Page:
Saturday, January 7, 2017

Variety Spotlight - Zebrune Shallot

Every once in a while I write a spotlight post about a variety of vegetable that I grow and that I particularly like. I started this series when Liz at Suburban Tomato started the meme as Saturday Spotlight. Liz hasn't been blogging for quite some time but her page with links to Spotlight posts written by herself and other bloggers is still standing. I've dropped the Saturday aspect of the series since I only occasionally get around to writing up a post and they rarely get published on Saturday, but I do keep a list of my posts on my Variety Spotlights page. Dave at Our Happy Acres also maintains a list of Variety Spotlights so you should go check his favorites also.

Zebrune shallots have proven their worth in my garden for 2 years and I'm growing them again for 2017 so I think it's time to do a Spotlight post about them since it seems that they've become a fixture in my garden and kitchen.

This type of shallot is often called a banana shallot because of its shape. In France it is called Cuisse de Poulet which translates as chicken thigh or it may be called Oignons Piriformes meaning pear-shaped or spindle-shaped onion. Botanically shallots and onions are both Allium cepa so technically it's not incorrect to call a shallot an onion. Most shallots are Allium cepa var. aggregatum and are generally grown from sets planted in the late fall. They sprout in the spring and divide to form clumps of bulbs. Banana shallots are different in that they are not aggregating onions, they generally produce a single bulb, and they are grown from seed. They also differ from aggregating shallots because of their large size and elongated shape. Their size and shape came from having been originally bred by crossing a typical shallot with a long onion, an onion which would have been similar to the Rossa Lunga di Firenze onion that I've also been growing for the last couple of years.

In my mild zone 9b climate I can sow my seeds as early as November and as late as January along with the onion varieties that I grow from seeds. I sow all the seeds into a 4-inch pot and allow them to grow for 8 to 10 weeks before separating the seedlings and setting them out in the garden. The earlier the start the larger the bulbs. Like any other onion they are day length sensitive so they start to form bulbs when the days are long enough regardless of how large they are. Some of the earliest started plants form bulbs that are as large as the smaller Rossa Lunga di Firenze onions.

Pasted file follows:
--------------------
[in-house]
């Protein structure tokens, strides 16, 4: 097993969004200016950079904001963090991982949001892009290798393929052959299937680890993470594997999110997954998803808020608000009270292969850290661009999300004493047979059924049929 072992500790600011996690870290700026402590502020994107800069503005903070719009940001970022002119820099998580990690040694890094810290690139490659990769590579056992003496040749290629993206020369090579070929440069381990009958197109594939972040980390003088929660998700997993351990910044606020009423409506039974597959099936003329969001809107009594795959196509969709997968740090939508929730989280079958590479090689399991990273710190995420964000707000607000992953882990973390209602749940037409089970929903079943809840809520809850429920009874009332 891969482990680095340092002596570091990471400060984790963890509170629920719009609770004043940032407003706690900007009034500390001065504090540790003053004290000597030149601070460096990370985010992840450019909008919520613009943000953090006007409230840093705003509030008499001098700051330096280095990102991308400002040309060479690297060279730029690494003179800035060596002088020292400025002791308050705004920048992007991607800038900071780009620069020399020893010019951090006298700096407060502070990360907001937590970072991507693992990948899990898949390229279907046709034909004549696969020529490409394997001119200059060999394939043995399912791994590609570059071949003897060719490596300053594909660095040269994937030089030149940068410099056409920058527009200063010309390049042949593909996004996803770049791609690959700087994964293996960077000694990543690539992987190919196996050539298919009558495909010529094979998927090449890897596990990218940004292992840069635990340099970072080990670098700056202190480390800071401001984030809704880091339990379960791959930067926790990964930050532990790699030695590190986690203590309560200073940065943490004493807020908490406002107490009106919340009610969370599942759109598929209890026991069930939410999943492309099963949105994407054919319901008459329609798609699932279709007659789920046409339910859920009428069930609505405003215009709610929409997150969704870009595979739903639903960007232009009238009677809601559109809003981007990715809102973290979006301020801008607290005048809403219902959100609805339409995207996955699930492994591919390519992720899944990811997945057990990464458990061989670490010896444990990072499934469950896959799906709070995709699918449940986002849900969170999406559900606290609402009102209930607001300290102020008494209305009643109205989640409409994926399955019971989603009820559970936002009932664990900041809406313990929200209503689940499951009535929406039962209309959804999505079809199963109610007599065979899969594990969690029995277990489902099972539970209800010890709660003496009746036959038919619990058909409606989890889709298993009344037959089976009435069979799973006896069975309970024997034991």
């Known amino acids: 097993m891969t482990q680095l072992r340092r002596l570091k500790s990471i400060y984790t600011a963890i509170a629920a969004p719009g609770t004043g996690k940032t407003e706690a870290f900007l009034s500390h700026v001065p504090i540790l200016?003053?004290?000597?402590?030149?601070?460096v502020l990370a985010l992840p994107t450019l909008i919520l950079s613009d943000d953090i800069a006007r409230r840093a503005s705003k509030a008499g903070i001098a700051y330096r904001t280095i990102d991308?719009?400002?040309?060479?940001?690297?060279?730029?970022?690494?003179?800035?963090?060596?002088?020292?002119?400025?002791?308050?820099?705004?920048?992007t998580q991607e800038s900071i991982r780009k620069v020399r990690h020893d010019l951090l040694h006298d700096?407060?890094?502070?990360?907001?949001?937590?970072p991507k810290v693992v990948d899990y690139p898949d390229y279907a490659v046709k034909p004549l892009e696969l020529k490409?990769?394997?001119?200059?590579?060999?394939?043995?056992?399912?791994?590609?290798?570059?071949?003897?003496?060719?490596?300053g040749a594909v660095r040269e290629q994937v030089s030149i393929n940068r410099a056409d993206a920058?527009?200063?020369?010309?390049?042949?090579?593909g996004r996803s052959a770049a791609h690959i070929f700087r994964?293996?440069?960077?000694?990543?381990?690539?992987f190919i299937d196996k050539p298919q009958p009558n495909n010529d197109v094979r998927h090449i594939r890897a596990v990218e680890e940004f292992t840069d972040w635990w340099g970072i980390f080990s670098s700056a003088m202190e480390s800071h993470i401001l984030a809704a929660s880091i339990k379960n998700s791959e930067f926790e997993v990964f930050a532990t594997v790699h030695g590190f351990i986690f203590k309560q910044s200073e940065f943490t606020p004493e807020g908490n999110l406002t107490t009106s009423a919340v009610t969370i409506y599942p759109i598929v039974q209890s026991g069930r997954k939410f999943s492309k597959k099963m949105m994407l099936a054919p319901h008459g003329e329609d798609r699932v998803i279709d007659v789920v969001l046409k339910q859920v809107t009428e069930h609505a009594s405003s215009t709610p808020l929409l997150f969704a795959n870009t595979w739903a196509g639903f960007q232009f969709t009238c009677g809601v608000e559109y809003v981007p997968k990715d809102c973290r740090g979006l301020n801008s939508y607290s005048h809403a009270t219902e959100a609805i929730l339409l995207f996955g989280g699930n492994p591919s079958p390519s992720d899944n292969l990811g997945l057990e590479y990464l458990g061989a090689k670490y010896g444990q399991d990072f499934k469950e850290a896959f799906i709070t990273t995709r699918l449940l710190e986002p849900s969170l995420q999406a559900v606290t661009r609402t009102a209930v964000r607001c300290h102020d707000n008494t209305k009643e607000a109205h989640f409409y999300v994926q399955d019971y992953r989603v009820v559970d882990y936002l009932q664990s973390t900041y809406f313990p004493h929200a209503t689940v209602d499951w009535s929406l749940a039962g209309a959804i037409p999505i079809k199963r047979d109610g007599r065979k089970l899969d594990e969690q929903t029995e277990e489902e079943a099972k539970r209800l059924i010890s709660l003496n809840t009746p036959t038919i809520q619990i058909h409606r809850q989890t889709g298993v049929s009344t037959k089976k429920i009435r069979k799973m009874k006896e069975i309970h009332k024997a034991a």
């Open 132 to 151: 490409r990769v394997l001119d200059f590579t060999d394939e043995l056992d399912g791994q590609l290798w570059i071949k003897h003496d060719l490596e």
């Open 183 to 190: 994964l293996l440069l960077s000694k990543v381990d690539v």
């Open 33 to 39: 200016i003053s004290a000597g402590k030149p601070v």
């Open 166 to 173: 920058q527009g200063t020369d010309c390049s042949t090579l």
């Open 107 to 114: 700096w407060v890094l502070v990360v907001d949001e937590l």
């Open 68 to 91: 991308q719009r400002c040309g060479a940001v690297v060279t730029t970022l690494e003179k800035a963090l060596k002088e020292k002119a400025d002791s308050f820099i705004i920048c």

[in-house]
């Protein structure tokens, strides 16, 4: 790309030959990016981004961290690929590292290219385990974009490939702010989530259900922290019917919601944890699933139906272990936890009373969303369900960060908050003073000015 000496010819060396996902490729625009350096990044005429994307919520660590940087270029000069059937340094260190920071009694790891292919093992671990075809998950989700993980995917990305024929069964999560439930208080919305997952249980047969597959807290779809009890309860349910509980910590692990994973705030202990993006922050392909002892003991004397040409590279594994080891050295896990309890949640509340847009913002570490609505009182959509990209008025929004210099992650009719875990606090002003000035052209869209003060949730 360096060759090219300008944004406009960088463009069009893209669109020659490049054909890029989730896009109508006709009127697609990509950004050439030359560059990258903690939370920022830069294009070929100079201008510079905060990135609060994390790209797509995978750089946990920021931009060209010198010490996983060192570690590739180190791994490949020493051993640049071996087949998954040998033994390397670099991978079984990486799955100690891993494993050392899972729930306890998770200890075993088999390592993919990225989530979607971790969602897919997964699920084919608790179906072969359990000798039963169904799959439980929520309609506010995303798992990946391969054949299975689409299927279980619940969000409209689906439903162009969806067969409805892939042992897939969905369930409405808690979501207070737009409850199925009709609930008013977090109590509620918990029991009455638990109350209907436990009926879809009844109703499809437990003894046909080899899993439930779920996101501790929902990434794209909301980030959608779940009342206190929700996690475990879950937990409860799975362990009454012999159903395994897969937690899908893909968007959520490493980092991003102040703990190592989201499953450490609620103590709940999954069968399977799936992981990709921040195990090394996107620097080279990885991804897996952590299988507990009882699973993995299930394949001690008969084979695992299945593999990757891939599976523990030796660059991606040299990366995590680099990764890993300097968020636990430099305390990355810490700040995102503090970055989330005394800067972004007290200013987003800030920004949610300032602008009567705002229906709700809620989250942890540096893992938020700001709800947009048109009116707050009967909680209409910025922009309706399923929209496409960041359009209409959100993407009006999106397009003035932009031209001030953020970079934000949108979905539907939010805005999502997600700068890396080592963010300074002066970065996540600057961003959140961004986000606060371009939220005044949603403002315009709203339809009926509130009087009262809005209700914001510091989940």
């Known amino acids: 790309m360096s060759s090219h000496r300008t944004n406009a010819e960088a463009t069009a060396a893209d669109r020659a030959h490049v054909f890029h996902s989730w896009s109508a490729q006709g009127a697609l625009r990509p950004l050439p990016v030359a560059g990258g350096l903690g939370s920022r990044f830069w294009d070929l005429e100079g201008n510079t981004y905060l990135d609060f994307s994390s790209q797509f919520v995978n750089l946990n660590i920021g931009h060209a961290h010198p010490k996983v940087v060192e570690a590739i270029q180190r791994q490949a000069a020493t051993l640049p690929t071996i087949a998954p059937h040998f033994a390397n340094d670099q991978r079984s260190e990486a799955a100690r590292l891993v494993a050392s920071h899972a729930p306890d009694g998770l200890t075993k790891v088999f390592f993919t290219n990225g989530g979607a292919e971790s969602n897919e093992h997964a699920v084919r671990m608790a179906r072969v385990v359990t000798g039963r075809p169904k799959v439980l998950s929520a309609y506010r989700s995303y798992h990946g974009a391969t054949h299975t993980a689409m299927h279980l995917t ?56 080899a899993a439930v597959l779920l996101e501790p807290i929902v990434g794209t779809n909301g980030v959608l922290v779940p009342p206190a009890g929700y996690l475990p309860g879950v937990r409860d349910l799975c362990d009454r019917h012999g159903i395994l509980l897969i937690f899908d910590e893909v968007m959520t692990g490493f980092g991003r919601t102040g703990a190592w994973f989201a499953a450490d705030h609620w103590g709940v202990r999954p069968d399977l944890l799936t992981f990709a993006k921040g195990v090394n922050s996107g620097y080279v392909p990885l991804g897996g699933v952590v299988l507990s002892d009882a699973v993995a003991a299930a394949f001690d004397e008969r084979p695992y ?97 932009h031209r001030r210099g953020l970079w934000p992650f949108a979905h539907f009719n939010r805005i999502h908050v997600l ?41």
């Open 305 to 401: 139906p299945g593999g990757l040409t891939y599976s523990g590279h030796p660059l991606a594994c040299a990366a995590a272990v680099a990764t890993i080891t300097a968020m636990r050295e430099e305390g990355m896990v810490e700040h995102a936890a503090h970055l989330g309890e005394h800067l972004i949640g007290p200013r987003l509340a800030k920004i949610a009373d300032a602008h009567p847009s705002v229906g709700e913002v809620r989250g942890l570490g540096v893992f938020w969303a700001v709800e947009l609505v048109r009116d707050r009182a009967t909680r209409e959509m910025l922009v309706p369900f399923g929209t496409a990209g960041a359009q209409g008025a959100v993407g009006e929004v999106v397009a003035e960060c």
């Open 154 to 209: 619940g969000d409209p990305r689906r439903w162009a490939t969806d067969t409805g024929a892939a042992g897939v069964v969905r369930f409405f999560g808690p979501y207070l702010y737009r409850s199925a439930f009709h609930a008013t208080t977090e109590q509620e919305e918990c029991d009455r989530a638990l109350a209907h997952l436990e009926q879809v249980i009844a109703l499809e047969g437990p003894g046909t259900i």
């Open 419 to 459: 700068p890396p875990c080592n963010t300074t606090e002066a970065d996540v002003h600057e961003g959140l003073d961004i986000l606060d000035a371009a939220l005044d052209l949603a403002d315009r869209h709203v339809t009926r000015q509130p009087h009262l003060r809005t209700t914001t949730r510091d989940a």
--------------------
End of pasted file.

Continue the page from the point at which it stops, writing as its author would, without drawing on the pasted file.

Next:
The way my drip irrigation system is set up dictates how far apart the rows are - mostly about 9 inches. I've been setting the shallots out 4 inches apart along the rows. In the winter I have to cover up the little seedlings because the birds like to pluck at them, not because they like to eat them but I suppose because they think they might be tasty.

Later in the season I can uncover all the onions and allow them to grow on. When the greens start to fall over it indicates that it is time to lift them. Once a few of them start to topple over I'll go through the patch and bend over all the stalks.

In 2016 I lifted all the shallots on July 29 when the tops started to die down, they were the last of the alliums to come out of the garden. In 2015 I didn't note the date that I lifted the shallots but it was also at the end of July. You can see in the photo above that some of the tops were still quite green but I needed to make room in the bed where they were growing so they all had to come out.

As with any onion they can be harvested before they need to be lifted and cured. In particular I will cull the few that may bolt and the ones that split. The youngest ones are also good used when they are in the scallion stage but I tend to not harvest them that young because I always set out extra onions to be used as spring onions.

One of the things that I most like about these shallots is that they keep extremely well. Back in November I was using the last of the shallots at the same time that I was sowing the seeds for this year's crop. It is the longest keeping allium that I've grown. I keep them in a cool dark closet in a basket. I do have to keep an eye on them for sprouting and spoilage, some of them split into 2 or 3 bulbs within the outer wrapper and that makes them more prone to spoiling in storage so I try to use those first. After that I try to use the smallest ones because they shrink over time as the out layers dry out and the smallest ones eventually shrink down to almost nothing. I tend to use the bulk of the crop after I've run out of onions, they make a good stand in for regular onions in many dishes.

Zebrune is one variety of banana shallot and the easiest to find seeds for, I've purchased seed from both Seed Savers Exchange and Baker Creek. It's been easy to grow, reliable, delicious, and a good keeper. So it is a keeper indeed.


  1. That sounds like an interesting variety for sure. I had no idea the alliums crossed like that, intentionally or otherwise. They do look a lot like the Red of Tropea also, at least the color and elongated shape. I have never grown shallots from seed though I am trying them from sets this year. I've not had a lot of success with them in the past but I decided to give them another shot this year.

  2. We usually plant our shallot sets in spring rather than in autumn. Although we do plant autumn onion sets. I never realised that the banana shallots had to be grown from seed. Like Dave we have never grown shallots from seed.


Thank you for taking the time to leave a comment. I value your insights and feedback.